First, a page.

On the street out from Adi Annamalai Temple, is Manikkavachakar Temple. Manikkavachakar is a saint from the Pandya period, known for his devotion to Siva. His story as told by Sri Ramana Maharshi can be found here. He was one of the four great founding saints of South Indian Saivism.
Bhagavan mentioned that at this place Manikkavachakar stood looking at Arunachala and composed Tiruvembavai. It is one of the most famous Tamil Poems, which is sung early in the mornings during Margali month (mid December to mid January)
Across the street, on the left side of Girivalam Road, is another Ganesha temple.
Next to it is the Grama Devate Shrine, a village deity. She is another form of Mariyamman, the ‘smallpox goddess’. the protector from plagues.
Next to it is this temple. I am not sure to whom.
Arunachala from this point.
Down the road, to the right, is the Entrance to Suddhananda Ashram. He is a living teacher, steeped in Advaita Vedanta.
On the right, another brightly decorated Shakti shrine.
Further along, also on the right is this Vediyappan Shrine, with the two white horses, ready to be ridden to right a wrong. Vediyappan is a village protector, common in South India.
Then, on the left, we come to Vayu Lingam. Vayu is the guardian of the northwest, the lord of the air. He symbolizes jnana, the knowledge of the Self. He is the driving force behind all action.
Further down the road is the location where Bhagavan’s Bridge once stood. This is another location where Sri Ramana Maharshi would stop and sit during Pradakshina.
After Bhagavan’s Bridge, you pass by the intersection of Kanji Road. Past this, on the left, is Eluthu Mantapam which is also known as Ezhuthu and Vettavalam Zamindar Mantapam. This is now a dilapidated structure. Only twenty years ago, the roof was intact and pilgrims could rest inside its spacious quarters. It is sad to see this ancient structure, which has served devotees and pilgrims down through the centuries, in such a decrepit condition today.
Here is Arunachala from this point of view.
Next, on the left, is Agastya Lopamudra Ashram.
Further along, again on the left, is the Sapta Kannika Shrine. This shrine of the seven sisters of Mariyamman represents the seven aspects of Shakti. Sadly, it has fallen into disrepair and is no longer accessible.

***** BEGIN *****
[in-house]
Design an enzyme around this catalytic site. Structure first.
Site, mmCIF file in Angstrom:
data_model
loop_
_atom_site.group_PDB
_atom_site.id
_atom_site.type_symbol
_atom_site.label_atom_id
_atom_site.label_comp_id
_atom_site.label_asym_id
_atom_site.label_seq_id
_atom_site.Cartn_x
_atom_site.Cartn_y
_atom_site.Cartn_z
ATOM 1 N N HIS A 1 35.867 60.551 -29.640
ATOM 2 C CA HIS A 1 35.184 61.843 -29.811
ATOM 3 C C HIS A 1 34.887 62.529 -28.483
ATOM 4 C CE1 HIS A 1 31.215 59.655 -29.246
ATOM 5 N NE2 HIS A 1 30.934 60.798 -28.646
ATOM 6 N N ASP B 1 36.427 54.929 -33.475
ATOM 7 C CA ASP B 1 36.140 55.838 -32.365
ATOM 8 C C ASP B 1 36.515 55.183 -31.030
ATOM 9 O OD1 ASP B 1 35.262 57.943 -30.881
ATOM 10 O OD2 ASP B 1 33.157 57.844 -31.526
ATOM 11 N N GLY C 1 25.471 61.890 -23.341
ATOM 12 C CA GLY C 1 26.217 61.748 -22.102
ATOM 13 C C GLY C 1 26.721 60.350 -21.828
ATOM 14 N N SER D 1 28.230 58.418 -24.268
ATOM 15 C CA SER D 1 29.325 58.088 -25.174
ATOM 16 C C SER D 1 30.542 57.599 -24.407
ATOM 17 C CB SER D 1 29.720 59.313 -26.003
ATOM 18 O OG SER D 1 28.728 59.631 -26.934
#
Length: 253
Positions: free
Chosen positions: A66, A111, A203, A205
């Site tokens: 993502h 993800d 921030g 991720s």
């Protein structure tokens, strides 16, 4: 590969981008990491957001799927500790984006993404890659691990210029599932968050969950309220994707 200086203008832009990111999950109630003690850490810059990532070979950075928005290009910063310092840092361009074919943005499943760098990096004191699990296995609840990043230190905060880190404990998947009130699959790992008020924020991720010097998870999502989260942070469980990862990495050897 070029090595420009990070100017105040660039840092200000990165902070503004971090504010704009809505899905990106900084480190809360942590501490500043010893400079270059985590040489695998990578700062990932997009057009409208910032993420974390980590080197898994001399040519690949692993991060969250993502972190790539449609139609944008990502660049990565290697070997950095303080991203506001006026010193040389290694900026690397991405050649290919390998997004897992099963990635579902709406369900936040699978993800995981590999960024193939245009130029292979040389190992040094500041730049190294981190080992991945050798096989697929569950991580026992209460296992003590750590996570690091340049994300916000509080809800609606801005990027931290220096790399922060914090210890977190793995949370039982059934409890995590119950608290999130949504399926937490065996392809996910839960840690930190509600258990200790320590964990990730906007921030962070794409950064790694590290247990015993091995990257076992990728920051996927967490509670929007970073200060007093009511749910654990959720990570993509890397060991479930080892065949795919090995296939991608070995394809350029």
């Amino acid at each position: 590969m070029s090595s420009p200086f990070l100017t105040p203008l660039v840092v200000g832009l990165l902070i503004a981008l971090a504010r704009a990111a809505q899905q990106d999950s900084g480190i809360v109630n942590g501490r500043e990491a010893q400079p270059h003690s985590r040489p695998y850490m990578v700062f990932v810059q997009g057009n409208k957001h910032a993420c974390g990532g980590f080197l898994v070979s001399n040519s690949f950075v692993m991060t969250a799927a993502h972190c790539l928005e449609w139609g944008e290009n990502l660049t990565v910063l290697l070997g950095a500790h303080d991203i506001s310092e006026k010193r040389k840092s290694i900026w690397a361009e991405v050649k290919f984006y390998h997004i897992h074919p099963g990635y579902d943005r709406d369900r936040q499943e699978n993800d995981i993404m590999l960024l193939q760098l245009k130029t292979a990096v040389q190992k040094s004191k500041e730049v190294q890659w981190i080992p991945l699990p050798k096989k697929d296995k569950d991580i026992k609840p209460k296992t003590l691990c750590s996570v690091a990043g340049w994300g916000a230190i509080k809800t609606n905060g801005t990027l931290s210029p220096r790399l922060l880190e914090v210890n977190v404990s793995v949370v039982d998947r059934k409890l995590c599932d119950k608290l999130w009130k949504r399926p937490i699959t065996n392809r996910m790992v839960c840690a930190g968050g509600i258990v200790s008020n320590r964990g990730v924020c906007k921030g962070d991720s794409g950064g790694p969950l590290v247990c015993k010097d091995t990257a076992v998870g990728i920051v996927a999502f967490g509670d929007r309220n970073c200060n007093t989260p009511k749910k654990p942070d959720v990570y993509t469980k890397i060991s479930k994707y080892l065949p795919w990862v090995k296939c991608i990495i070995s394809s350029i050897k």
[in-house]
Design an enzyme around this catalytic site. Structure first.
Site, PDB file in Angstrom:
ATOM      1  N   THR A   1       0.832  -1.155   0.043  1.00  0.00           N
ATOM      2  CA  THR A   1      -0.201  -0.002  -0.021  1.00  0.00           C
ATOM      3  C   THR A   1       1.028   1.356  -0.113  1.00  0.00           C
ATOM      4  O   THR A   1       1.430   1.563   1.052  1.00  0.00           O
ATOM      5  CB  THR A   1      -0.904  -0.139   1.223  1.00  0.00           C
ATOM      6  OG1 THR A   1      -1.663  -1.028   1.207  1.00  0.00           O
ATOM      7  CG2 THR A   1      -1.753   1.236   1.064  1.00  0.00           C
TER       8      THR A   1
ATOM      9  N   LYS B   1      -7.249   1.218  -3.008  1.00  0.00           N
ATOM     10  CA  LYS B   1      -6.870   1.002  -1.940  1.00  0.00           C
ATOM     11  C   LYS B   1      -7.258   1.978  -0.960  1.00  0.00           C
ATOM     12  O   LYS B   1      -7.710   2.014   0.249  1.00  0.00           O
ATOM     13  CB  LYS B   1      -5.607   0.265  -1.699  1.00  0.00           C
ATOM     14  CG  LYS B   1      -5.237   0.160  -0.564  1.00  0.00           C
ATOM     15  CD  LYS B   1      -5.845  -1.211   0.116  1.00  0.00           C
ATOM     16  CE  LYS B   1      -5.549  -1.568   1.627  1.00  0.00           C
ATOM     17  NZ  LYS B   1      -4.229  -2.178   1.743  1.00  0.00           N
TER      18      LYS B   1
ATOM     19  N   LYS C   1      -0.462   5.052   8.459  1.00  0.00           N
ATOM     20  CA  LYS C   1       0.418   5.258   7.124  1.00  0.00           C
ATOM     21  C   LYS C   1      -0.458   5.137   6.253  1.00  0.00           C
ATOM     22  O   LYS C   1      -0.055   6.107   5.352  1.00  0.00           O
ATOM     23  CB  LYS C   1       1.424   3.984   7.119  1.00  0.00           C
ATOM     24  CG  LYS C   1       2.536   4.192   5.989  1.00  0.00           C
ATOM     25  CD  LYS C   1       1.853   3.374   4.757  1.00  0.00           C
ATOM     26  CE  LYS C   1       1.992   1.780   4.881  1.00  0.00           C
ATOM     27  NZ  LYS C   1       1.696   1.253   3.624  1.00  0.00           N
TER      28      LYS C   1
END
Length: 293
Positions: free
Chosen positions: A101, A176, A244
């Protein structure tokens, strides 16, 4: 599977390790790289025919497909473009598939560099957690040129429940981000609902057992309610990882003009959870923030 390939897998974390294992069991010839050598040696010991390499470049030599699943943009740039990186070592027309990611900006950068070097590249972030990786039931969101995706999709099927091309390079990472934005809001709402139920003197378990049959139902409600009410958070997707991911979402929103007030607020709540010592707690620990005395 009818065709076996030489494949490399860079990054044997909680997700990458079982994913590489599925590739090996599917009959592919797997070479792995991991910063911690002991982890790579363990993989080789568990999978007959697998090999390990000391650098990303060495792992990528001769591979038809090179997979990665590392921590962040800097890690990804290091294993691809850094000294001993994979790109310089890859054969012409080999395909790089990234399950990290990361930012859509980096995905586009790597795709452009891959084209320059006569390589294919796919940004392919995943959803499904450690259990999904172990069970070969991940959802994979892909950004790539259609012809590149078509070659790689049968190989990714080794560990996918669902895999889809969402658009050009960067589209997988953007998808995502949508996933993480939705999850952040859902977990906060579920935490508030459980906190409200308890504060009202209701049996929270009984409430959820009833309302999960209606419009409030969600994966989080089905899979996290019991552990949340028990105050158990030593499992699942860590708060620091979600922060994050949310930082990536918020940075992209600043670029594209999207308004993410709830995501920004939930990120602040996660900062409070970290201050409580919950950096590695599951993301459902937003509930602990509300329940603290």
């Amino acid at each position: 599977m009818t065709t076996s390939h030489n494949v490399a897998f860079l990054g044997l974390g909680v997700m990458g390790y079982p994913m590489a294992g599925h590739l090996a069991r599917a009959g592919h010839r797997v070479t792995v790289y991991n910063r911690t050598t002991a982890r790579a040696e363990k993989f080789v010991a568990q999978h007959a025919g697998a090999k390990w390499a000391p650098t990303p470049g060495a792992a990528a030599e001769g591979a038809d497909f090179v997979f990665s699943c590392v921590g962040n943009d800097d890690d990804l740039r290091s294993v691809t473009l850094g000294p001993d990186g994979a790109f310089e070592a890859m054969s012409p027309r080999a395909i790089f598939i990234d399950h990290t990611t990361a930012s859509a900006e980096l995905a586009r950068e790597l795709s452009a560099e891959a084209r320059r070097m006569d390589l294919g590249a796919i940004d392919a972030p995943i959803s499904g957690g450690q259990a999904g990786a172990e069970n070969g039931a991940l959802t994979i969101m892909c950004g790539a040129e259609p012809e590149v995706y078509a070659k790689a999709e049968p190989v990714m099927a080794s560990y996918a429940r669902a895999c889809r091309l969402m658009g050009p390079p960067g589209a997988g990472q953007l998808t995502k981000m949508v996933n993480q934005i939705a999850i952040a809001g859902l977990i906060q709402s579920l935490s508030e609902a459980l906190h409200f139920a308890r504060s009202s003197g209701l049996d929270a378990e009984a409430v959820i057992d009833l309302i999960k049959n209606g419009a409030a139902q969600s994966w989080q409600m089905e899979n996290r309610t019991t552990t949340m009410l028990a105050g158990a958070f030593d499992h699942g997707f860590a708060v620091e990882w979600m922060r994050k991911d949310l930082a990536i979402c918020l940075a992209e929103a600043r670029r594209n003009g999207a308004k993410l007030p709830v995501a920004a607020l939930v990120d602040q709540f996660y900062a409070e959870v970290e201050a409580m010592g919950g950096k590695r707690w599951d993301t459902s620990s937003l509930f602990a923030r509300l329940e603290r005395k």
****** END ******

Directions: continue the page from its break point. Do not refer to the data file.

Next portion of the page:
Then, still on the left is the Kubera Lingam, also called the ‘Diamond Lingam.’ Kubera is the guardian of the north. He is the guardian of treasure, both earthly and celestial. In some Siva statues, Siva is standing with one foot on Kubera’s head, indicating that Siva is the sole master and dispenser of the treasure.
Another beautiful view of Arunachala. The view of Arunachala keeps changing as we round the hill.
Next, on the right is Idukku Pillayar Koil, known also as the ‘Squeeze-though temple.” It is a miniature shrine dedicated to the Lord Ganesha.It is believed that sincere desires are fulfilled by going through this passage with a prayer in the heart.
After 100 meters, you can see the Pancha Mukha Darshan (Five Faced Vision). From this spot one can see the five faces of Siva that appear on Arunachala.
Naturally there are five lingams here, representing each of the faces.
Here is the view of Arunachala from the Pancha Mukha Darshan.
Just before the Pancha Mukha Darshan there are two other shines. Here is the main idol in one of them.
Here is the other. First from the road.
Then inside the shrine. I do not know what god this is.
At the corner of Girivalam and Velore roads is a Balaji (Vishnu) Temple.
Continuing on the main Pradakshina route, bearing left after the junction of Girivalam and Velore roads, you arrive at Esanya Lingam. Esanya is the guardian of the northeast. Esanya is one of the names of Rudra Siva, who worshipped Lord Arunachala here. He represents the purifying principle. It is the name given to the summit of Mount Arunachala. Rudra Siva is the one who is surrounded by bhootha ganas and pramathas (ghosts and spirits). He wears a tiger skin and his body is smeared with ashes. He often plays a damaru (drum) and lets out great bursts of laughter, which echo in all the heavens.
Opposite this lingam and ahead about 50 meters is the Sri Esanya Jnana Desikar Mutt and Samadhi Temple. Kandappa Desikar was later called Esanya Jnana Desikar, since he settled down near Esanya Tirtham. Kandappa Desikar ministered to the sick and suffering, and his fame spread far and wide. A European Collector suffering from incurable Asthma met him, and was cured miraculously. It is said that Lord Arunachala took the form of tigers to keep guard around this sage when he was absorbed in meditation on the Hill Arunachala. He attained Mahasamadhi (merged with the Almighty) in 1829. Here Bhagavan Ramana was made to give a discourse on the Bhagavad Gita. This was the first and the last time Bhagavan ever gave a public discourse.
You can also turn right at the intersection of Girivalam and Velore Roads, and see the arch to Pachaiamman Koil to the right. Go up the hill to the temple.
As you continue to walk, you will pass by the bus stand, then come to an intersection with a obelisk in the center of the intersection. Across the road, on the right side is the Shanmukha (Subramanya) Temple. Shanmukha is the Lord depicted with six faces and is the son of Lord Siva.
Look up to see its gopuram.
In this temple, a mirror is kept behind the deity, which allows the devotee full darshan of the six-faced Lord.
Continuing on the walk, at the third corner, turn right and you will see Kamakshi Temple directly ahead at the end of the street. Kamakshi is one of the aspects of Siva’s Sakti (Parvati). She is said to grant all the wishes of those who invoke her, merely by her gracious glance.